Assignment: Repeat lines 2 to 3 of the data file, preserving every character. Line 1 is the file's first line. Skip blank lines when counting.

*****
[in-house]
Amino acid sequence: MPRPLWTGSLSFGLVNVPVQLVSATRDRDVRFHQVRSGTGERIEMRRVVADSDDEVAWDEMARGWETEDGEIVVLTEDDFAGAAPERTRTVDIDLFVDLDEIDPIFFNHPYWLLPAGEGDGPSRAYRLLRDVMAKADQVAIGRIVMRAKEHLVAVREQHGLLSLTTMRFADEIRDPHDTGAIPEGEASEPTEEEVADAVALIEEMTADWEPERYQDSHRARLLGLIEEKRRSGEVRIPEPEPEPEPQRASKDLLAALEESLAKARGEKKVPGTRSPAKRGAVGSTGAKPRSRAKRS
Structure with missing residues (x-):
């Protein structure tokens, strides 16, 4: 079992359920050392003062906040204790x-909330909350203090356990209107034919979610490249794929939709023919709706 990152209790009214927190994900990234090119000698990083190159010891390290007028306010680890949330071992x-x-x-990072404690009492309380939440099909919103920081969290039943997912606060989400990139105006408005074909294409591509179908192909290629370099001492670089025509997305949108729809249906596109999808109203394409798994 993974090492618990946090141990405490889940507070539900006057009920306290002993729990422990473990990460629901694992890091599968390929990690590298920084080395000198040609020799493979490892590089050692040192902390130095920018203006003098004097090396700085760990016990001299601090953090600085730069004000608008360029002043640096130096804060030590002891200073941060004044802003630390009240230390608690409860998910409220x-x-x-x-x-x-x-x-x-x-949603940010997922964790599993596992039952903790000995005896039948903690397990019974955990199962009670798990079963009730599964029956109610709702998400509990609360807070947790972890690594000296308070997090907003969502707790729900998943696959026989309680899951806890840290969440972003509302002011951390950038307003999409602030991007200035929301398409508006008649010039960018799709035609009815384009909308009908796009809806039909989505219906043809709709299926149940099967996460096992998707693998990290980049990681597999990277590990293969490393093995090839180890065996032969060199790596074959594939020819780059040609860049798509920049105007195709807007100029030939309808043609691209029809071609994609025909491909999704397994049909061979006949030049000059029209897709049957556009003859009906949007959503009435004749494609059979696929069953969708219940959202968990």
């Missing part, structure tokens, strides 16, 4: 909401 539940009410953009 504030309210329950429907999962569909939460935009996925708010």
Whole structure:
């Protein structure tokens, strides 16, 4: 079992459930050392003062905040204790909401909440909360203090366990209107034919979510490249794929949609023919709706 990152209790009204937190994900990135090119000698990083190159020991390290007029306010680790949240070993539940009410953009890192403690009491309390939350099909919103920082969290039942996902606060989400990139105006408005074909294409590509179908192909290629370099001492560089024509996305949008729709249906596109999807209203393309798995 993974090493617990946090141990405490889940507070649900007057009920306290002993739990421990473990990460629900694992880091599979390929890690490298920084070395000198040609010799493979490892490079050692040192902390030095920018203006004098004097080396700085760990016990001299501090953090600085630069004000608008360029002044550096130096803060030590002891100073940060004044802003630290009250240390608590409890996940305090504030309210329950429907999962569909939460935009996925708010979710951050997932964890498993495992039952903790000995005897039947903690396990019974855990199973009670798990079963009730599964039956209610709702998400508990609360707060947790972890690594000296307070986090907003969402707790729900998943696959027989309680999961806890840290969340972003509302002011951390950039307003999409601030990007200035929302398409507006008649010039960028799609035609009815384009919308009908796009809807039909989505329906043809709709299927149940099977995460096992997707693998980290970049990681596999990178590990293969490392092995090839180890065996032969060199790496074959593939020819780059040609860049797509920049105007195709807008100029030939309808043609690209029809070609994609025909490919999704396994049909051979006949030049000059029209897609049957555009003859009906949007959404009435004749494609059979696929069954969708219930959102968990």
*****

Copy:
Amino acid sequence: MPRPLWTGSLSFGLVNVPVQLVSATRDRDVRFHQVRSGTGERIEMRRVVADSDDEVAWDEMARGWETEDGEIVVLTEDDFAGAAPERTRTVDIDLFVDLDEIDPIFFNHPYWLLPAGEGDGPSRAYRLLRDVMAKADQVAIGRIVMRAKEHLVAVREQHGLLSLTTMRFADEIRDPHDTGAIPEGEASEPTEEEVADAVALIEEMTADWEPERYQDSHRARLLGLIEEKRRSGEVRIPEPEPEPEPQRASKDLLAALEESLAKARGEKKVPGTRSPAKRGAVGSTGAKPRSRAKRS
Structure with missing residues (x-):